People In Nepal Used To Think Vultures Were Bad Luck. Not Anymore

People In Nepal Used To Think Vultures Were Bad Luck. Not Anymore
  1. People In Nepal Used To Think Vultures Were Bad Luck. Not Anymore
    The number of vultures in South Asia has plummeted. But "restaurants" to feed rescued chicks and wild vultures are good for the birds — and for the local e…

A Himalayan griffon vulture. The population of vultures in Nepal dropped by 99 percent in a decade. Mary Plage/Getty Images hide caption

toggle caption Mary Plage/Getty Images

A Himalayan griffon vulture. The population of vultures in Nepal dropped by 99 percent in a decade.

Mary Plage/Getty Images

Three boys walk through a community forest in the village of Pithauli in southern Nepal. One kicks a soccer ball, the other two carry a goat leg in each hand.

They're on their way to feed vulture chicks orphaned after a recent hailstorm.


Saving Vultures With Nepal's 'Vulture Restaurant'

Saving Vultures With Nepal's 'Vulture Restaurant'

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Vulture "restaurants" have sprung up in Nepal over the past decade to offer safe food to the endangered birds, which lost more than 99 percent of their species population over about a decade. The restaurants house and raise rescued vulture babies — and also offer food to wild vultures.

Vulture restaurants are not new. The first ones emerged in Europe in the 1970s, when vulture populations there started dying out due to habitat loss and lack of food. Nepal launched its first in 2006, and the country now has seven — including the one in Pithauli.

Nepal is home to nine different species of vulture, four of which are critically endangered.

"It's one of the fastest declines that we've ever seen in a species before," says Natasha Peters from the Royal Society for the Protection of Birds, a British organization that largely funds the Pithauli vulture restaurant.

What lead to the decline?

Vulture "restaurants" in Nepal provide safe food for the endangered species of vultures there. Danielle Preiss for NPR hide caption

toggle caption Danielle Preiss for NPR

Vulture "restaurants" in Nepal provide safe food for the endangered species of vultures there.

Danielle Preiss for NPR

Peters says scientists think the decimation is from an anti-inflammatory drug used in cows, called diclofenac.

Birds that have eaten carcasses of cows laced with the drug have died of kidney failure. In countries with a Hindu majority like India and Nepal, people don't eat beef, and there's not much of an animal disposal system. So when cows used for dairy or plowing die, they're left until vultures take over.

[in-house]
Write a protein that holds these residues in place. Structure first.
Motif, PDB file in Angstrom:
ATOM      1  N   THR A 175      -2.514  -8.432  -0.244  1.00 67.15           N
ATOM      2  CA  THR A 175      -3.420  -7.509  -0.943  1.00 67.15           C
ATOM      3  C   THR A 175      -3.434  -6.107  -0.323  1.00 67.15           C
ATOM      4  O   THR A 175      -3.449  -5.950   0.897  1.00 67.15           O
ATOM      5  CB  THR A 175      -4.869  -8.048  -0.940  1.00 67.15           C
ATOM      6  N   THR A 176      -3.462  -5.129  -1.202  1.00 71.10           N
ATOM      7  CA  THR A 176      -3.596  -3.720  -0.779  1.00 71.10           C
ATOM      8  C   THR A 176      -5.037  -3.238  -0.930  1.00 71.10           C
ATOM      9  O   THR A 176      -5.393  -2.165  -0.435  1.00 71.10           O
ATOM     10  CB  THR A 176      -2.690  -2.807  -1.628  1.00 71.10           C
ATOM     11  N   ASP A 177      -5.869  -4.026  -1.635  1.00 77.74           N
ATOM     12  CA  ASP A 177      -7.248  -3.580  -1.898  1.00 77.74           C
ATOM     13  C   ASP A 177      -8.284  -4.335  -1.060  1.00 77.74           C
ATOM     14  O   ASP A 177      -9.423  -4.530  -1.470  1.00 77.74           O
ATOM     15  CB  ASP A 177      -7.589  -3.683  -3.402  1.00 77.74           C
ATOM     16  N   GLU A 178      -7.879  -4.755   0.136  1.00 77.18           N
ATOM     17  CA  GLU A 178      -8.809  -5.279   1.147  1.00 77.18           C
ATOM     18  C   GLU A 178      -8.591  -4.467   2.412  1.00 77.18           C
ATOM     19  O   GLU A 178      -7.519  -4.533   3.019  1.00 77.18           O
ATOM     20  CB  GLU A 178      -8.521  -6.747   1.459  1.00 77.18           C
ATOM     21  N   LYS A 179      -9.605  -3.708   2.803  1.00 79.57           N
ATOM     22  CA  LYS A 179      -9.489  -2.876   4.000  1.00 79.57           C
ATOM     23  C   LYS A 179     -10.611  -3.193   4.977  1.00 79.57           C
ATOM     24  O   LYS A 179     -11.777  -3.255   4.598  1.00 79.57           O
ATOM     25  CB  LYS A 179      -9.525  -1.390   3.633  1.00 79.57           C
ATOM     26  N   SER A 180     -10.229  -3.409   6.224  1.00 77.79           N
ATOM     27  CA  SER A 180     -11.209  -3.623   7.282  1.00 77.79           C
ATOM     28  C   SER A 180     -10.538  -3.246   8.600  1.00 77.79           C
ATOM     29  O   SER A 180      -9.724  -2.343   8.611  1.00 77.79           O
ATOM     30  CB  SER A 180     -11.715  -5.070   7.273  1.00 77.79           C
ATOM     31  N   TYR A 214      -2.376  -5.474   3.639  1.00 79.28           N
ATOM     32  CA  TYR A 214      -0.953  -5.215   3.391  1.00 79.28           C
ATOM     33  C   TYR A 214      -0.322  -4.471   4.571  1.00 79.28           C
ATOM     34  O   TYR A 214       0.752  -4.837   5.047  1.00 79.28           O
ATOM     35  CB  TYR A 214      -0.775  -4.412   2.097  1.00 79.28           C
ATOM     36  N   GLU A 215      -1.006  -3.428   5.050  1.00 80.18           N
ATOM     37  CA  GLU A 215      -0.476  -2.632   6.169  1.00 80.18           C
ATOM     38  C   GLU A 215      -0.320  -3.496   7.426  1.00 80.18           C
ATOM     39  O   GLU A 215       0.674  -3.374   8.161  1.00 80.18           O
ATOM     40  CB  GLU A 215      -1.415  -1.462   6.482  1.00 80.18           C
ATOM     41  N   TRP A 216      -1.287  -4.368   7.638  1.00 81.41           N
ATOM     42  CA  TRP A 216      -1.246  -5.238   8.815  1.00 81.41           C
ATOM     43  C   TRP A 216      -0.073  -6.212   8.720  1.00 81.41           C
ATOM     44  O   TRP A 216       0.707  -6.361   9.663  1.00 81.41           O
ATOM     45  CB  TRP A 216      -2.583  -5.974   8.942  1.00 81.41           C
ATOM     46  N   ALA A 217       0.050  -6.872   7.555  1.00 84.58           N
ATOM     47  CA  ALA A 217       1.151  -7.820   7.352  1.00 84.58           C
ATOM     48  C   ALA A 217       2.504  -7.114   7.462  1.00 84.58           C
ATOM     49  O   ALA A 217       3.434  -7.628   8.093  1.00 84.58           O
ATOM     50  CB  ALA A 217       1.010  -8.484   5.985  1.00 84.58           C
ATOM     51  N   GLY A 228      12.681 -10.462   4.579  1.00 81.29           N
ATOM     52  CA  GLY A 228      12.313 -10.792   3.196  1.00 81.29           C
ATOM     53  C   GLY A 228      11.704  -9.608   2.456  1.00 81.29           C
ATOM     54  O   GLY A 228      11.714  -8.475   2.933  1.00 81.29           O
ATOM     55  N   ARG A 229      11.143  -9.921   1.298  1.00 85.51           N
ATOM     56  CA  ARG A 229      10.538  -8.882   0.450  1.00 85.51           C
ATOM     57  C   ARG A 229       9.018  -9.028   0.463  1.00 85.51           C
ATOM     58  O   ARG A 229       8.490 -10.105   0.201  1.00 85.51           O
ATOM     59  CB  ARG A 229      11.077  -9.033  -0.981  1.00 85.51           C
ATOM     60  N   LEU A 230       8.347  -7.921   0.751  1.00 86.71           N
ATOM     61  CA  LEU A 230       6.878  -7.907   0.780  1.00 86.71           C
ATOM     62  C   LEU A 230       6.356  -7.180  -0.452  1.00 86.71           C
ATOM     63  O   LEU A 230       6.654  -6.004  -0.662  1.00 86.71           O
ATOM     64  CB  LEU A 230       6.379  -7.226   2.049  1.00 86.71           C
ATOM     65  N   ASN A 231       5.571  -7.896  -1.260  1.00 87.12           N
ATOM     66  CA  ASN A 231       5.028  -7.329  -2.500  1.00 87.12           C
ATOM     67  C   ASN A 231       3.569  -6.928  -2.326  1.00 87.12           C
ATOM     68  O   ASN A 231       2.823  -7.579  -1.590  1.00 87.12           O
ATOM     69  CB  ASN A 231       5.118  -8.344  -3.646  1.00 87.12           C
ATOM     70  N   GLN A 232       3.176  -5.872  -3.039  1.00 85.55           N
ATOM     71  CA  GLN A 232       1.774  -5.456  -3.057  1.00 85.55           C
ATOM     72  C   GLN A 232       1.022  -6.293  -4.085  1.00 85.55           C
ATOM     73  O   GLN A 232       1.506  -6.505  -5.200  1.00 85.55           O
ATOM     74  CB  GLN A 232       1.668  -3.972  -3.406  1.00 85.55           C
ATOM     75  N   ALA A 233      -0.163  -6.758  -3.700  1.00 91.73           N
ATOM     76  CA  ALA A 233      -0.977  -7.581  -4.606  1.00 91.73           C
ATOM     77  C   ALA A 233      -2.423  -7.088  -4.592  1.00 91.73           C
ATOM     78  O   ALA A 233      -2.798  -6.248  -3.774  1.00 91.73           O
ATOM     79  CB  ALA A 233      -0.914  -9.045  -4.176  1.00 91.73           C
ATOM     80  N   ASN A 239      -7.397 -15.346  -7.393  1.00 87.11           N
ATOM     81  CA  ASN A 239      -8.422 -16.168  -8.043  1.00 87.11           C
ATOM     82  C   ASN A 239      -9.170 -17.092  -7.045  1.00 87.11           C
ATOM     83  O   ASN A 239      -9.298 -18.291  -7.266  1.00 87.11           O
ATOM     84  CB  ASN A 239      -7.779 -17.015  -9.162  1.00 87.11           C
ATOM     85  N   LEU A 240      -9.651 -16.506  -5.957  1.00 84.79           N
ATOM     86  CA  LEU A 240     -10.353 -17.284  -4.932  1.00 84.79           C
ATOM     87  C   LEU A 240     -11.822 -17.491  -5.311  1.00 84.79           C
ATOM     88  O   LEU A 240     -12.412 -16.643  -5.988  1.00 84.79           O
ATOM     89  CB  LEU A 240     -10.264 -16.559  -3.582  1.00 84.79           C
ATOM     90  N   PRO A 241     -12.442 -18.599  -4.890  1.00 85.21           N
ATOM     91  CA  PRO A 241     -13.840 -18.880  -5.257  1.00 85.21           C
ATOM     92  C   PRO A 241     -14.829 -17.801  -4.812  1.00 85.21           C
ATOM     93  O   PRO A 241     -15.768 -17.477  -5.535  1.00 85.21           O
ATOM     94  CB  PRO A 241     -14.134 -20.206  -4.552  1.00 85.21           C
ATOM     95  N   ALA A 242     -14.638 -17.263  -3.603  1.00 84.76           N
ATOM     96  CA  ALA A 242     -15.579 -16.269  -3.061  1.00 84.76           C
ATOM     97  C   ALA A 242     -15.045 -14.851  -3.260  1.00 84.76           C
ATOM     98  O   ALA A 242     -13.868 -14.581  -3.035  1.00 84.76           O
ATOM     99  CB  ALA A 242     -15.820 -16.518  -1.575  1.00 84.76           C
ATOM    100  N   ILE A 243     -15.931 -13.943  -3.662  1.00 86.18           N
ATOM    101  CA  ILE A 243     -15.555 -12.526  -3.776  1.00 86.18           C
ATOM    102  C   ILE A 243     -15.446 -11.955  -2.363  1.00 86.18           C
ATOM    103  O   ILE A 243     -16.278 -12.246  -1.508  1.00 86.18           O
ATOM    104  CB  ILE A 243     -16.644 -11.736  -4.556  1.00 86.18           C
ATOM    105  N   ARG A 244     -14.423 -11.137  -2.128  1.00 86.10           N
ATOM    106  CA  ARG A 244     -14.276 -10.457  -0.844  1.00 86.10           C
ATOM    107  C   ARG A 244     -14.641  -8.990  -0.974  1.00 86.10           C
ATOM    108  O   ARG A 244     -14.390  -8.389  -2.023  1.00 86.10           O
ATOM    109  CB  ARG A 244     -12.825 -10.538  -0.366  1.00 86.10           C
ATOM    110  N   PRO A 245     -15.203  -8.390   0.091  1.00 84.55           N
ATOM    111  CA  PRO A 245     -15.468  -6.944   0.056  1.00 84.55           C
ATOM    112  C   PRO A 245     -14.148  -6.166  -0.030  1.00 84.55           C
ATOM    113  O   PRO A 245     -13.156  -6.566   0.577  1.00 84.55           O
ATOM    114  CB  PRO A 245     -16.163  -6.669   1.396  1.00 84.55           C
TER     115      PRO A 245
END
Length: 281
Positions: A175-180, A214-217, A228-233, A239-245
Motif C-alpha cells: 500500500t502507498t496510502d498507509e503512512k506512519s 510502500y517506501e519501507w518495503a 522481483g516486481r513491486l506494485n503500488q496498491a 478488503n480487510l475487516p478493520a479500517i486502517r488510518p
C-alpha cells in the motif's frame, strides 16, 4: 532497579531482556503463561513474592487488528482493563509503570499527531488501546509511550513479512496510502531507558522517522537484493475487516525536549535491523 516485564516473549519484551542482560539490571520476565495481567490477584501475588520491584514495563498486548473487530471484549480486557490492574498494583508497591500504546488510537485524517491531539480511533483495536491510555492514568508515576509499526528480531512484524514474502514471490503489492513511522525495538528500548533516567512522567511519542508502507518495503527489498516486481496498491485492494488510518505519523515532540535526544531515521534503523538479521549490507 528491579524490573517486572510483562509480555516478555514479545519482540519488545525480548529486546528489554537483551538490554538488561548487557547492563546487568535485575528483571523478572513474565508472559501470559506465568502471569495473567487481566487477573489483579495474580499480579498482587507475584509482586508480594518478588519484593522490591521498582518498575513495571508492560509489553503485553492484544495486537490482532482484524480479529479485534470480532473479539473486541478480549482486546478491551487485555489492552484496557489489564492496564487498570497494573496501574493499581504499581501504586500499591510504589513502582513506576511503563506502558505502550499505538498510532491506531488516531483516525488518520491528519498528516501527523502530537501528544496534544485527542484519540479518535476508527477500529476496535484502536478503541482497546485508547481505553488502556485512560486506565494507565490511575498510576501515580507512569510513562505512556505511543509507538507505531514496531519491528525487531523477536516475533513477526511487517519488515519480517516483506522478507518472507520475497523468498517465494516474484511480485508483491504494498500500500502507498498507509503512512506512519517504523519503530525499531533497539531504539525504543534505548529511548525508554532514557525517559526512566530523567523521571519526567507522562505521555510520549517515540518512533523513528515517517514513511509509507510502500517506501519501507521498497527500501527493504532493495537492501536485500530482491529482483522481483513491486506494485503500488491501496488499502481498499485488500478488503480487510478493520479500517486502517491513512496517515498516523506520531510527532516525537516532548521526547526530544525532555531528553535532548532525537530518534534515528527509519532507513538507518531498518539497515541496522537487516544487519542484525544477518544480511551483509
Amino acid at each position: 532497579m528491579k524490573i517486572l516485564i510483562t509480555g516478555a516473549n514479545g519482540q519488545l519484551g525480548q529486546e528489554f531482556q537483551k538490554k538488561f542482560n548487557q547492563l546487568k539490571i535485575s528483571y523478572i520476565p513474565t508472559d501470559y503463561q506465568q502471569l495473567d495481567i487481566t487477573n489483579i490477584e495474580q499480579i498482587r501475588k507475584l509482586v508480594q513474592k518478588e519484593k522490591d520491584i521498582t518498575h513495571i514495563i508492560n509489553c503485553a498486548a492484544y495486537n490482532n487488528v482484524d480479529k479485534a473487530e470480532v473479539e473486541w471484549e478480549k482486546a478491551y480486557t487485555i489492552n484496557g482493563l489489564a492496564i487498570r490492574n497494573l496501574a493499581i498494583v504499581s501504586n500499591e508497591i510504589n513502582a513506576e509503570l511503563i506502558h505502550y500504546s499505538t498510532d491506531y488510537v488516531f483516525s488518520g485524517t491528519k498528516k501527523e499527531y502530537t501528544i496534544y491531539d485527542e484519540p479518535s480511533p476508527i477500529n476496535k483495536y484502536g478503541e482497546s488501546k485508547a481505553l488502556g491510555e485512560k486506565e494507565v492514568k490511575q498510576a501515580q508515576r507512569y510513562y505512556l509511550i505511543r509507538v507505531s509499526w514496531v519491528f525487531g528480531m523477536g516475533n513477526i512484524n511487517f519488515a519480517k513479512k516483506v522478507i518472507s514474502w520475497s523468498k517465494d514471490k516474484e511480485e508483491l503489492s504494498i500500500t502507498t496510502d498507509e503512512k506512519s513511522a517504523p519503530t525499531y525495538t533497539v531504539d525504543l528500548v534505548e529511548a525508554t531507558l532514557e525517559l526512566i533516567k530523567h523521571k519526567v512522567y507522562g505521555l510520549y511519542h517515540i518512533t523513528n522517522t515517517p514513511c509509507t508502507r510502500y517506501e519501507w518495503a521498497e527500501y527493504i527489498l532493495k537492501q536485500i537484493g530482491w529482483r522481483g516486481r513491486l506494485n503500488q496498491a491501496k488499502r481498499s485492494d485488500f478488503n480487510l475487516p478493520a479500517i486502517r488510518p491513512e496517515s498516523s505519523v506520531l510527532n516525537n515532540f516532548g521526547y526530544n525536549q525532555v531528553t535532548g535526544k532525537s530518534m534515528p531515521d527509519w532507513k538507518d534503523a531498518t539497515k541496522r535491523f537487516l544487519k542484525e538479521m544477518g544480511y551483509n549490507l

Vultures play a crucial role in sanitation, clearing bacteria and disease with the carcasses they consume. Peters says that in India the incidence of rabies even went up when vulture numbers started to drop. The wild dog population boomed with less competition for carrion from the scavenging birds. More wild dogs led to higher rates of rabies.

Diclofenac was banned in Nepal, India and Pakistan in 2006. But by that time the vultures were on the verge of extinction, and it would take years before the drugs were out of the environment.

So Nepal started gathering vulture chicks from the wild as a last ditch effort to save them in captivity. The organization Bird Conservation Nepal started a breeding center in 2008, where they hoped to keep the species alive until they could safely return birds to the wild.

"We had that breeding center because we thought they'll be completely wiped out from the earth," says D.B. Chaudary. He volunteers with Bird Conservation Nepal and is the man in Pithauli everyone credits with running the restaurant.

"Actually this is managed by the community, no one is from outside," Chaudary says. A 16-member board, made up of people from the community, makes all the decisions for the restaurant. Chaudary, the board's director, says he was enamored with the birds from a young age. But it took time to convince his neighbors to feel the same way.

"They used to think vultures are very ugly creatures, they eat dead meat — and also some other reasons like people they think once they land on the top of the house it is very bad luck for them," he says.

Villager Sunita Musahar, standing outside church Saturday morning, says: "Before dads, grandpas used to say, 'Oh, you touched a vulture! Don't sit in this house, take a shower and then come inside.' You mustn't touch vultures, they eat cows, they used to say," she explains.

But now vultures are boosting the local economy. Tourists come to see them at the "restaurants" and pay a fee — 500 rupees (about $5) for foreigners, 50 rupees for domestic tourists. So people have changed their minds. The community boards members for the restaurant hope tourism will bring much needed money into the community — and that there will be other benefits from a growing appreciation of vultures.

Villagers used to graze their cattle in the community forest, but the overgrazing was depleting the grass and destroying the habitat of vultures and other creatures. So, Musahar says, the community enforced a grazing ban themselves.

"We'd carry our babies and take turns guarding the jungle," she says.

Now, there's an officially managed grazing rotation in place, and the villagers can afford to hire guards by selling grass, wood and other products from the forest.

To get villagers to be more receptive to vulture conservation, the restaurant has supported small livelihood projects, like cooperatively run fish ponds. Mushar and 25 other families jointly manage four ponds and share the profits of 150,000 rupees (about $1,460) a month. Musahar sends her kids to school with the money — a chance she said she never got — and she hopes it will set her kids up for an easier life.

"If …

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